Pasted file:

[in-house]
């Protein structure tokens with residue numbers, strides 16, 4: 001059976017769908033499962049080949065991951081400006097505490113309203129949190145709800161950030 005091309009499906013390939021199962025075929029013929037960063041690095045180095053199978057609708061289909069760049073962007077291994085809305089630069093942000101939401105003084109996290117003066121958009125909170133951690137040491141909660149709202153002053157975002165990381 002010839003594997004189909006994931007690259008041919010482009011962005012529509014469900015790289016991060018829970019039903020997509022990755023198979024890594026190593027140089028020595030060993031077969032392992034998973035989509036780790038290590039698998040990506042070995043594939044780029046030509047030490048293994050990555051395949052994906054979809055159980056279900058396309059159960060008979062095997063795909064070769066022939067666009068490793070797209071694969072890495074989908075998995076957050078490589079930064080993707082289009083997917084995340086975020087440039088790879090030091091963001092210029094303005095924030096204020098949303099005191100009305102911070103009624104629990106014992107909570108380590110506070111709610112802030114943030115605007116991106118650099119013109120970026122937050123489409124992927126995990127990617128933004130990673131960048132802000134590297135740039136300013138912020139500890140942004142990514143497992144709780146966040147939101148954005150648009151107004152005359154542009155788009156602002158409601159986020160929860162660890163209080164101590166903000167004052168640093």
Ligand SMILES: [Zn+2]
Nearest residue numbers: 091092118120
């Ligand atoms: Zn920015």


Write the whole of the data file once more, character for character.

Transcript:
[in-house]
């Protein structure tokens with residue numbers, strides 16, 4: 001059976017769908033499962049080949065991951081400006097505490113309203129949190145709800161950030 005091309009499906013390939021199962025075929029013929037960063041690095045180095053199978057609708061289909069760049073962007077291994085809305089630069093942000101939401105003084109996290117003066121958009125909170133951690137040491141909660149709202153002053157975002165990381 002010839003594997004189909006994931007690259008041919010482009011962005012529509014469900015790289016991060018829970019039903020997509022990755023198979024890594026190593027140089028020595030060993031077969032392992034998973035989509036780790038290590039698998040990506042070995043594939044780029046030509047030490048293994050990555051395949052994906054979809055159980056279900058396309059159960060008979062095997063795909064070769066022939067666009068490793070797209071694969072890495074989908075998995076957050078490589079930064080993707082289009083997917084995340086975020087440039088790879090030091091963001092210029094303005095924030096204020098949303099005191100009305102911070103009624104629990106014992107909570108380590110506070111709610112802030114943030115605007116991106118650099119013109120970026122937050123489409124992927126995990127990617128933004130990673131960048132802000134590297135740039136300013138912020139500890140942004142990514143497992144709780146966040147939101148954005150648009151107004152005359154542009155788009156602002158409601159986020160929860162660890163209080164101590166903000167004052168640093």
Ligand SMILES: [Zn+2]
Nearest residue numbers: 091092118120
């Ligand atoms: Zn920015």